Our takeaways from the LLMs in Production conference
On Thursday last week, we attended the LLMs in Production conference, hosted digitally by the MLOps Community. Large Language Models (LLMs) and Foundational Models (FMs) have become the talk of the town in the world of artificial intelligence. However, these models are only as good as the data they are trained on, making data the key to their success. During this conference, speakers discussed the importance of well-structured data, the barriers to training and deploying LLMs, and the potential solutions to these challenges.
The Importance of Data for Large Language Models (LLMs) and Foundational Models (FMs)
LLMs and FMs have one thing in common: they both require vast amounts of high-quality labeled data. The more data a model has access to, the more accurate it becomes in predicting outcomes. However, labeled data is even better since it helps the model learn from labeled examples of desired outcomes.
New industries are beginning to leverage LLMs and FMs for their respective use cases. For example, the insurance and legal industries are beginning to use LLMs for underwriting and legal case analysis, respectively. Cameron Feenstra from Anzen explained the process that Anzen uses to streamline insurance underwriting with LLMs. As these industries continue to adopt LLMs, we can expect to see more specialized models being developed to cater to the specific needs of these industries.
Two main themes emerged from the conference: the barriers to training LLMs, and the barriers to deploying them.
Barriers to Training LLMs
Training LLMs can be challenging due to the manual task of data development and labeling, which is difficult, expensive, and unscalable particularly for private, fast-changing data that requires subject matter expertise. Data scientists spend a significant amount of their time on this task, making it costly and time-consuming. This point was driven home by multiple speakers including Alex Ratner from Snorkel.ai. The move towards bespoke LLMs for different domains is not helping the situation since companies are struggling to adapt their data to the models.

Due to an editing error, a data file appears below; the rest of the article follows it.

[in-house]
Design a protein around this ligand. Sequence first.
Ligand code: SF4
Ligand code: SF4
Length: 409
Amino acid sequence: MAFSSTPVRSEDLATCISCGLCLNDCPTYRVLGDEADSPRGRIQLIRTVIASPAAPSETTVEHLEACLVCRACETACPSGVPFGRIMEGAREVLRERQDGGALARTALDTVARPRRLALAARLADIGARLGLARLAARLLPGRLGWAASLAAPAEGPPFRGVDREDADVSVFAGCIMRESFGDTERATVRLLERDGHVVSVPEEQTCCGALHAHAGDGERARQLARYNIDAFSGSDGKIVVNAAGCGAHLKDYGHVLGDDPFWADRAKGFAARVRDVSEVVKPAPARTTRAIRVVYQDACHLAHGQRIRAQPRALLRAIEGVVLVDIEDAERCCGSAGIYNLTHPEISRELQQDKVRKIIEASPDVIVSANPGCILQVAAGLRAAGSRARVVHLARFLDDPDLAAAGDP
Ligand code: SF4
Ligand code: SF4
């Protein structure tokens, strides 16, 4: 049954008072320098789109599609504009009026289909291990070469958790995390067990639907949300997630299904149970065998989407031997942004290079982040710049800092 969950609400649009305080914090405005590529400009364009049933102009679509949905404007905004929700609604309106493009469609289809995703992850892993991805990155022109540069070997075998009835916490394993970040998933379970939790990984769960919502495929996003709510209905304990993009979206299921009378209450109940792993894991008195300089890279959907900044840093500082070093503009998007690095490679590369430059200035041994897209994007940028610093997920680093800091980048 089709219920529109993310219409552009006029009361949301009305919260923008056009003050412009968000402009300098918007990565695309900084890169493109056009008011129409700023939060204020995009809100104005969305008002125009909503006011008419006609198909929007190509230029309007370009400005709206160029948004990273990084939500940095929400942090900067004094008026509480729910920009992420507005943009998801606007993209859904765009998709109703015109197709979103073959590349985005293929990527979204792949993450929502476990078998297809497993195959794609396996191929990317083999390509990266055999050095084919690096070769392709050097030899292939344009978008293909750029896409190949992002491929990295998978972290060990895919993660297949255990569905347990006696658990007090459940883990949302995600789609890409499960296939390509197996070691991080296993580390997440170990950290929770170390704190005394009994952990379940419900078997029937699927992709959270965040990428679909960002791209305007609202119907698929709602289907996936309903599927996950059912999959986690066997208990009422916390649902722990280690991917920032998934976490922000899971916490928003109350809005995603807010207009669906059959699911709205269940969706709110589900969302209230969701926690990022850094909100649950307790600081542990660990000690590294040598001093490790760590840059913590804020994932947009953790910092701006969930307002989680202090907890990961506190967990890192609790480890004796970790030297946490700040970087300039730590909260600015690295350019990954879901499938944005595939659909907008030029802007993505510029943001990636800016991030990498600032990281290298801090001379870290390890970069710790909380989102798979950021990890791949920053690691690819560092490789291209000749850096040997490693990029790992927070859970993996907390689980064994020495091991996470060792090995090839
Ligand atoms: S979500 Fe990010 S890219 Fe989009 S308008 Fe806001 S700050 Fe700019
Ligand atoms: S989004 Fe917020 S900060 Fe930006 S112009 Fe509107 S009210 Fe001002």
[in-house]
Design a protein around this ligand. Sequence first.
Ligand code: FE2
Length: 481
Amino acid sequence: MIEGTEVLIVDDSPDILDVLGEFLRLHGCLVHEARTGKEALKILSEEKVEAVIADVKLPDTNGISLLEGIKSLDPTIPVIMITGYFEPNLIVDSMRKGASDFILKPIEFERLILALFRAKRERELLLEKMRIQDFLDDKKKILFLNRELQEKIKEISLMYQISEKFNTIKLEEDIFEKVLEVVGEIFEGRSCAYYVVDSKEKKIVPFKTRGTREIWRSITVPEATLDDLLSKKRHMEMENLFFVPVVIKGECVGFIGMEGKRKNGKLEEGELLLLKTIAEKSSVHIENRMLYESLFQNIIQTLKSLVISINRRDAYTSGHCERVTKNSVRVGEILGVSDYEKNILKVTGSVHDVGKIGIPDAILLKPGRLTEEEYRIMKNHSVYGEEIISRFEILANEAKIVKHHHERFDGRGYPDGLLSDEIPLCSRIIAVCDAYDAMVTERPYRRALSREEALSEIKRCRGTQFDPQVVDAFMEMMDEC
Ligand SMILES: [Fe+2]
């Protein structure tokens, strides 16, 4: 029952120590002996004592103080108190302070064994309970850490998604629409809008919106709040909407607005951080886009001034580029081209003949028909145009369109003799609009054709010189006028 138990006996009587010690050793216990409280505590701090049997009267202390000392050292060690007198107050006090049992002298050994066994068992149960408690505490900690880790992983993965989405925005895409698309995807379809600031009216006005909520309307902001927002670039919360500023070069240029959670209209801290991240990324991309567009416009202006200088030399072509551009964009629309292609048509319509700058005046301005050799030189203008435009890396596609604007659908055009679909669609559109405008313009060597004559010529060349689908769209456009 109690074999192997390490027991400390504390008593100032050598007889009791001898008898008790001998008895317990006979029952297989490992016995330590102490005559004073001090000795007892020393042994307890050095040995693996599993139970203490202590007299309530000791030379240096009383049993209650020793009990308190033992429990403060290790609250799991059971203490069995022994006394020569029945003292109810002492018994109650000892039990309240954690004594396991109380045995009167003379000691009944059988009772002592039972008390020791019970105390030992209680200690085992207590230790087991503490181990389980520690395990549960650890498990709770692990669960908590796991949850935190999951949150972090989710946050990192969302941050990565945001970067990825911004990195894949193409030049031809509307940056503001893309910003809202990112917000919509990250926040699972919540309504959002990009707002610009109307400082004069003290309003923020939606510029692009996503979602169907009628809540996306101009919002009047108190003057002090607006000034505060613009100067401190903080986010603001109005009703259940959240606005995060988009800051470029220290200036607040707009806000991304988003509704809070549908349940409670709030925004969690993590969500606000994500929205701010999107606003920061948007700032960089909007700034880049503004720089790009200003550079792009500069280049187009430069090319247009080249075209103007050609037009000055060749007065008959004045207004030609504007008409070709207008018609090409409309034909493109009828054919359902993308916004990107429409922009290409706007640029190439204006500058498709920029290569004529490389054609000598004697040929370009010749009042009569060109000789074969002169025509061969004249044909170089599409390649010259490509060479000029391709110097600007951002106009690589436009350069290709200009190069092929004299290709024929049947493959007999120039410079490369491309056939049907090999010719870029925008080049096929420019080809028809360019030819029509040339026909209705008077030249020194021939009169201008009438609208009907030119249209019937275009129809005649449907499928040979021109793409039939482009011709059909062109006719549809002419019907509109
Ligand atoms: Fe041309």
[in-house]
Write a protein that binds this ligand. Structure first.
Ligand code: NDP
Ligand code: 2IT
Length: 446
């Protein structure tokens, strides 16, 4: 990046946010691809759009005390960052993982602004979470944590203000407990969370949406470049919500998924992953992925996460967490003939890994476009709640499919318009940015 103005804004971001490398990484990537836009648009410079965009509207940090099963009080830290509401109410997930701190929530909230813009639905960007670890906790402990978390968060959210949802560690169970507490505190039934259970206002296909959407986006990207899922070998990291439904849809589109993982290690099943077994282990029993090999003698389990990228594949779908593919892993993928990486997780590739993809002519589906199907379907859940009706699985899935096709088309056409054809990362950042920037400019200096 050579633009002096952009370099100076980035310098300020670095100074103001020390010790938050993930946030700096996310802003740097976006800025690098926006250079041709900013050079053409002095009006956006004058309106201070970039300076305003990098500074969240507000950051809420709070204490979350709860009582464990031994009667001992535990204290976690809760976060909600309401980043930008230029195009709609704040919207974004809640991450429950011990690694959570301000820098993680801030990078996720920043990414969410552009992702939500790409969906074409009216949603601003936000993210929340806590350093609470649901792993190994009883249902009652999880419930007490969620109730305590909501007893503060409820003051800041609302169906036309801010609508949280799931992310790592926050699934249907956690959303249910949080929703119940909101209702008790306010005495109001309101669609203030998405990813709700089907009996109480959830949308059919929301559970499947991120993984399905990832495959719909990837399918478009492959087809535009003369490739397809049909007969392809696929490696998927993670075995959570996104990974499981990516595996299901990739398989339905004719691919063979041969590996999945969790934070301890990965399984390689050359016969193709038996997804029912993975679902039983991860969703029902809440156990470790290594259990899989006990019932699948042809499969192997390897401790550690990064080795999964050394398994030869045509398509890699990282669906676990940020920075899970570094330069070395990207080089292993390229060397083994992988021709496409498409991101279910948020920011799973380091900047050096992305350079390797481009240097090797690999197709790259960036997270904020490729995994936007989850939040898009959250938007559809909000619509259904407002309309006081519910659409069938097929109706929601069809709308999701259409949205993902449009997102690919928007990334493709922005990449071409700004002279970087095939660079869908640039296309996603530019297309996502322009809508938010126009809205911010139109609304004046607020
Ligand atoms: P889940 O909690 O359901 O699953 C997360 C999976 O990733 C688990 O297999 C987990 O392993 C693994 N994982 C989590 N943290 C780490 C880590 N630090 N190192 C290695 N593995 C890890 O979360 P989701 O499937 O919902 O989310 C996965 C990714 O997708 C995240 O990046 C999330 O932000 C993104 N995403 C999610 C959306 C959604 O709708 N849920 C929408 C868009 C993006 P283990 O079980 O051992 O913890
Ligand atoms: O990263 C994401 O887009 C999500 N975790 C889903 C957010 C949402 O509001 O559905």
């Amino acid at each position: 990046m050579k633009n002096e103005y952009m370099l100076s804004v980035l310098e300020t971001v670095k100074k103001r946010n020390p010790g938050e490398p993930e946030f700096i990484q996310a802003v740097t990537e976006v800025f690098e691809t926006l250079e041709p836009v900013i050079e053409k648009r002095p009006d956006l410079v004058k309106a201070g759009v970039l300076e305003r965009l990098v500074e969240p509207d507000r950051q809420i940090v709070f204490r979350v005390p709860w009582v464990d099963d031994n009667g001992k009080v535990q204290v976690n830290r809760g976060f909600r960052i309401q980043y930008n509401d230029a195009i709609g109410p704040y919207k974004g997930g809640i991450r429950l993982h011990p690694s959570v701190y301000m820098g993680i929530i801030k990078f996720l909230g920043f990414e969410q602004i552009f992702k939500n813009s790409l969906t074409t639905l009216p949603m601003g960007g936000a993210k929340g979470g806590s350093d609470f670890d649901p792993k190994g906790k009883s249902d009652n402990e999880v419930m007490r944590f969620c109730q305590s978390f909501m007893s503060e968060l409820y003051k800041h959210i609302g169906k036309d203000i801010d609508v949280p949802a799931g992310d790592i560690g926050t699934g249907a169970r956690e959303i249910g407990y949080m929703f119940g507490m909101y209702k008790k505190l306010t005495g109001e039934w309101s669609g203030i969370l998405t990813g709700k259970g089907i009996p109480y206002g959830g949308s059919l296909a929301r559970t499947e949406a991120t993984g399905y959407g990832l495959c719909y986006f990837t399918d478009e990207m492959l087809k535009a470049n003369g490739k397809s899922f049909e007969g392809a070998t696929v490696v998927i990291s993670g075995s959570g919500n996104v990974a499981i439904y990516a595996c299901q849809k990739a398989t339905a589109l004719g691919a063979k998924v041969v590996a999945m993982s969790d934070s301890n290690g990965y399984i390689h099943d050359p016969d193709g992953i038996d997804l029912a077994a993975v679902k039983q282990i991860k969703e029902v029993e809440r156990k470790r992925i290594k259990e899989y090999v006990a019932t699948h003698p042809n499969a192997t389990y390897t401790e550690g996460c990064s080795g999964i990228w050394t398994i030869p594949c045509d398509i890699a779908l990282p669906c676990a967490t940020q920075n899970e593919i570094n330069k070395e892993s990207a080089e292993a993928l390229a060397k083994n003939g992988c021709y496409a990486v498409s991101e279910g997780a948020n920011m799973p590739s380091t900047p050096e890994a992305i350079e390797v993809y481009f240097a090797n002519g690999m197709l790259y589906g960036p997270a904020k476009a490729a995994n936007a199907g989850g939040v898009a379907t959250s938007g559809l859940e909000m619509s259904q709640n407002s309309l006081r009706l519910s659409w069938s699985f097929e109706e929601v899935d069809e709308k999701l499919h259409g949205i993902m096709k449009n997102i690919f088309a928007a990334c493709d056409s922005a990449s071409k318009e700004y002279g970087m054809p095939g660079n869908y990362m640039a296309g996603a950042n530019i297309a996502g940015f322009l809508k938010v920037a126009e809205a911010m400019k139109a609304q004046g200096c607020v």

Barriers to Deploying LLMs
Deploying LLMs is just as challenging as training them. The choice of whether to use an MLOps platform or build one’s own infrastructure depends on scale. It also depends on how crucial speed and latency are to a company’s business model. High frequency traders, for example, typically have stringent latency requirements that can only be achieved through a bespoke serving architecture.
But that doesn’t mean that every FinTech startup should start hiring DevOps resources. Software engineers have plenty of tips and tricks for incrementally increasing the speed of models. However, these methods do not need to be implemented manually. An automated platform can implement these hacks efficiently. For most machine learning practitioners, an MLOps platform will get the job done quickly, reducing costs and time-to-market.
The Future of LLMs
The future will bring MLOps tooling that enables personalized FMs trained on your data and workflows. Data is a more durable moat, and the last mile is where value is generated. According to Daniel Jeffries from the AI Infrastructure Alliance, LLMs will evolve into Large Thinking Models (LTMs), which will become increasingly vulnerable to misuse (bugs) as they integrate more into people’s working lives. One solution is to have LLMs generate thousands of possible responses to dangerous prompts and train based on those. However, a training revolution is needed to support this magnitude of processing, including model patching, adaptors like LoRA, and continual learning.
LLMs and FMs have become critical in the world of AI, and their importance will only continue to grow. To achieve the full potential of these models, companies must overcome the barriers to training and deploying them, and a data-centric approach is crucial to achieving this. Manual data inspection, interpretation, cleaning, and formatting is extremely time-consuming and tedious. Still, it is highly valuable since data is the foundation of LLMs and FMs. Optimization of models is also essential to reducing the requirement for costly GPUs. Moreover, as models become increasingly commoditized, AI is attracting worldwide attention.
All in all, LLMs in Production was a fantastic conference with excellent speakers. It was a pleasure to learn from Diego Oppenheimer, Hanlin Tang, Shreya Rajpal, Tanmay Chopra, Alex Ratner, Lina Weichbrodt, and more. With more and more industries venturing into AI, coaxed by the hype of LLMs, UbiOps stands ready to help organizations build and manage scalable AI solutions, to drive better business outcomes and a better world. When you’re ready to deploy your next LLM or FM, feel free to reach out to us!
If you have any questions about what else is possible with UbiOps, or you’re interested in deploying your model to UbiOps, do not hesitate to reach us and book a call with our Product Specialist!